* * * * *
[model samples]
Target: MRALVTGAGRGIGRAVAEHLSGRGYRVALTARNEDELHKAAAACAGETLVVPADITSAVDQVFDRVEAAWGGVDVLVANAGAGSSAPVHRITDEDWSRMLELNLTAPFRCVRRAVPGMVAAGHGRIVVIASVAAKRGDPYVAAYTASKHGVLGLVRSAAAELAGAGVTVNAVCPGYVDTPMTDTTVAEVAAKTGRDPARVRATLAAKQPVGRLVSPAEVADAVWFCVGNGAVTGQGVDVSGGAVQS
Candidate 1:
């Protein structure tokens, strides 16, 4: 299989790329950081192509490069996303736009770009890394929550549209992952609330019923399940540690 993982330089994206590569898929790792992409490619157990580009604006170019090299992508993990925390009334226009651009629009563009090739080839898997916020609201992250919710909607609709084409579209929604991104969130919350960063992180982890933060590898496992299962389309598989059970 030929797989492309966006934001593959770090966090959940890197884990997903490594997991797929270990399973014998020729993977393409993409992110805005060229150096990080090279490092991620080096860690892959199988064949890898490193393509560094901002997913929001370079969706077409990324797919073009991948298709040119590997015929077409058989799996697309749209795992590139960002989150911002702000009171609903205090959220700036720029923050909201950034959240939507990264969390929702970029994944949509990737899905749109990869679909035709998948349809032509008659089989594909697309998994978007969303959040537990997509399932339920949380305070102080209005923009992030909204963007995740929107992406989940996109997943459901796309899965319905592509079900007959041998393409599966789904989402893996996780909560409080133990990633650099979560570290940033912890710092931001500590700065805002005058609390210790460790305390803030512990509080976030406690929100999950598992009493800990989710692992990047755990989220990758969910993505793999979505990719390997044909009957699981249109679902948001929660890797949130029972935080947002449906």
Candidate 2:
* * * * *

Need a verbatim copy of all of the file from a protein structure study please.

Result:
[model samples]
Target: MRALVTGAGRGIGRAVAEHLSGRGYRVALTARNEDELHKAAAACAGETLVVPADITSAVDQVFDRVEAAWGGVDVLVANAGAGSSAPVHRITDEDWSRMLELNLTAPFRCVRRAVPGMVAAGHGRIVVIASVAAKRGDPYVAAYTASKHGVLGLVRSAAAELAGAGVTVNAVCPGYVDTPMTDTTVAEVAAKTGRDPARVRATLAAKQPVGRLVSPAEVADAVWFCVGNGAVTGQGVDVSGGAVQS
Candidate 1:
């Protein structure tokens, strides 16, 4: 299989790329950081192509490069996303736009770009890394929550549209992952609330019923399940540690 993982330089994206590569898929790792992409490619157990580009604006170019090299992508993990925390009334226009651009629009563009090739080839898997916020609201992250919710909607609709084409579209929604991104969130919350960063992180982890933060590898496992299962389309598989059970 030929797989492309966006934001593959770090966090959940890197884990997903490594997991797929270990399973014998020729993977393409993409992110805005060229150096990080090279490092991620080096860690892959199988064949890898490193393509560094901002997913929001370079969706077409990324797919073009991948298709040119590997015929077409058989799996697309749209795992590139960002989150911002702000009171609903205090959220700036720029923050909201950034959240939507990264969390929702970029994944949509990737899905749109990869679909035709998948349809032509008659089989594909697309998994978007969303959040537990997509399932339920949380305070102080209005923009992030909204963007995740929107992406989940996109997943459901796309899965319905592509079900007959041998393409599966789904989402893996996780909560409080133990990633650099979560570290940033912890710092931001500590700065805002005058609390210790460790305390803030512990509080976030406690929100999950598992009493800990989710692992990047755990989220990758969910993505793999979505990719390997044909009957699981249109679902948001929660890797949130029972935080947002449906």
Candidate 2: